KEEPING IN LINE WITH TRADITION

Ian Hughes shows us around Wilcox Limousines in Wigan, Lancashire

Whatever the economy is doing, there’s one business that will never run out of customers, and as a reliable supplier to funeral directors across the nation, Wilcox Limousines has enjoyed steady orders for almost 70 years.

OFFERINGS AND SERVICES

Founded by William and May Wilcox in the late 1940s, the Wigan-based firm originally provided chauffeured vehicles to the nearby Eagle Studios, but a turning point came when Wilcox began to buy and sell limousines in addition to hiring them out. Another key deal for the business was with Daimler to supply coach built bodies on the DS420 platform.

It’s fair to say the family’s hard work paid off for them operating across three locations and generating a company turnover in excess of £20m. The current Wigan site was our stop today comprising a 55,000 sq ft. warehouse space, 60 staff and plenty of shiny limousines to feast one’s eye on. We met William’s granddaughter Leila who provided an insight into the third generation business. “We are a family business selling to family businesses”, she said. “90 percent of our turnover is UK-based funeral directors and we recently launched our Jaguar XF Hearse for the overseas market which is rapidly growing”.

To say Wilcox Limousines only caters to funeral directors would be false, as there are many services in the firm’s itinerary including classic car restoration and prototype projects for car rallies. Leila elaborates. “We also have people coming to us for supercharged limousines from commercial backgrounds. At our Northampton site we perform classic car restoration and one off prototype projects where we have a strong development team in-house”.

WAREHOUSE TOUR
Production Director Ian Hughes took us around the warehouse to get a gist of the business. The first point of call started in the depot where a number of new and used Jaguar XJ and Volvo S80 models were lined up for service. For vehicles coming directly from the VM’s factory, a job number is generated along with a spec sheet and route card. Hughes added. “From that point, a pre-delivery inspection is carried out to ensure there are no Jaguar issues we can’t solve, otherwise, it goes back to the local dealer who can claim it back on their warranty”.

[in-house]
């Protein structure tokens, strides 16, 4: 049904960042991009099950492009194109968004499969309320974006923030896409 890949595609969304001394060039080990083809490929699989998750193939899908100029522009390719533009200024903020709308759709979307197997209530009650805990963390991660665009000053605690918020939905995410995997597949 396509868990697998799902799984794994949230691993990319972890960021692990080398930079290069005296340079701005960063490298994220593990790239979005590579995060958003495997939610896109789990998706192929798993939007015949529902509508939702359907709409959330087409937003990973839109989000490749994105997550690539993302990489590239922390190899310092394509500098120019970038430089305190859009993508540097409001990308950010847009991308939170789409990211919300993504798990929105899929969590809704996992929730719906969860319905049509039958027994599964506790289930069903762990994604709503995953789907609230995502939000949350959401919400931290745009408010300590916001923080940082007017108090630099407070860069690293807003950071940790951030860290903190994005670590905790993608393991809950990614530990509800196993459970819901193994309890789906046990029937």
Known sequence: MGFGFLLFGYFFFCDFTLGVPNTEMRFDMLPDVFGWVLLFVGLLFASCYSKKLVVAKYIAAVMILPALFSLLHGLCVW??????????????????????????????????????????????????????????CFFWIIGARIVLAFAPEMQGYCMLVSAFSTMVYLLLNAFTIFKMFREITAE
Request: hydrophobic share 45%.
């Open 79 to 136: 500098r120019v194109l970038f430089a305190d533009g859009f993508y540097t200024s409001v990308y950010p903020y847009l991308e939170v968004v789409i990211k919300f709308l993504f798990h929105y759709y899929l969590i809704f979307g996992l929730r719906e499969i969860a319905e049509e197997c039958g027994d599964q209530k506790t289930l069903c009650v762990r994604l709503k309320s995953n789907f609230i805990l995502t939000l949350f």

Hearse production

Once given the all clear, the vehicle is stripped down to its shell removing the glass, wiring and interior to begin the process. “Once the glass has been taken out we have a glass transporter that takes it to our Northampton site” said Hughes. “Bodywork extension is carried out there using aluminium for the Jaguar XJ hearses and limousines ”. A key factor when constructing these vehicles is ‘keeping them in line with tradition’, meaning each hearse is measured to the correct height allowing enough head space for undertakers to wear a top hat inside without fear of knocking it over.

After the bodywork extension is complete, the hearse is hand painted and its original components restored. “All the parts that came off the job will be fitted back on the vehicle”, Hughes continued. “We will then install the side windows, carpets, interiors and complete the deck work, hearse seating and the rest of the tailgate”, adding that the firm buys the exact materials originally fitted to the vehicle from its VM’s supplier.

TOOLS AND TRAINING
The vehicle will then enter the ramp and is rigorously tested for leaks, fault codes, followed by a test drive in different driving conditions ensuring it meets or champions that of the VM’s original specifications. This is backed-up with Jaguar’s diagnostic tools and training on site as Leila explains. “We have invested over £1m in tooling and equipment. As the VMs release new technology we will be implementing it while working alongside our key manufacturers”. Hughes concurs. “Our first point of call is our Jaguar dealer. We have our own Service Region Manager from Jaguar who visits us frequently to make sure we are up-to-date with the latest diagnostic tools and training offerings”. A detailing bay is used at the final checkpoint where the hearse/limousine gets the once over and a full inspection, checking every nook and cranny is intact before it’s sent out for delivery.

EXPANSION PLANS
Leila and her family have some exciting plans in the pipeline, which includes marketing expanding into new territory. She concluded. “We have never marketed overseas, but now we are branching out internationally with our Jaguar XF hearse as well as progressing with our car restoration and prototype businesses. I think the long term plan will be expanding our Wigan site rather than build more premises around the UK”. The Wilcox family are also brainstorming ideas to commend the firm’s 70th anniversary next year with talks of a 1940’s themed celebration on the cards. Whatever they decide to do will be a great event to commend May and William’s legacy.

This post was written by:

- who has written 156 posts on CAT Magazine.


Leave a Reply

Advertisement
  • Feeling the heat: We get our thermals on at Zircotec in Oxford.
  • One for the road? Setting an alcohol policy
  • VM Trade clubs: What do they have planned next?

more info

    • 'Electric vehicles will disrupt the aftermarket as we know it' Agree?

      View Results

      Loading ... Loading ...
    • Popular
    • Latest
    • Comments
    • Tags
    • Subscribe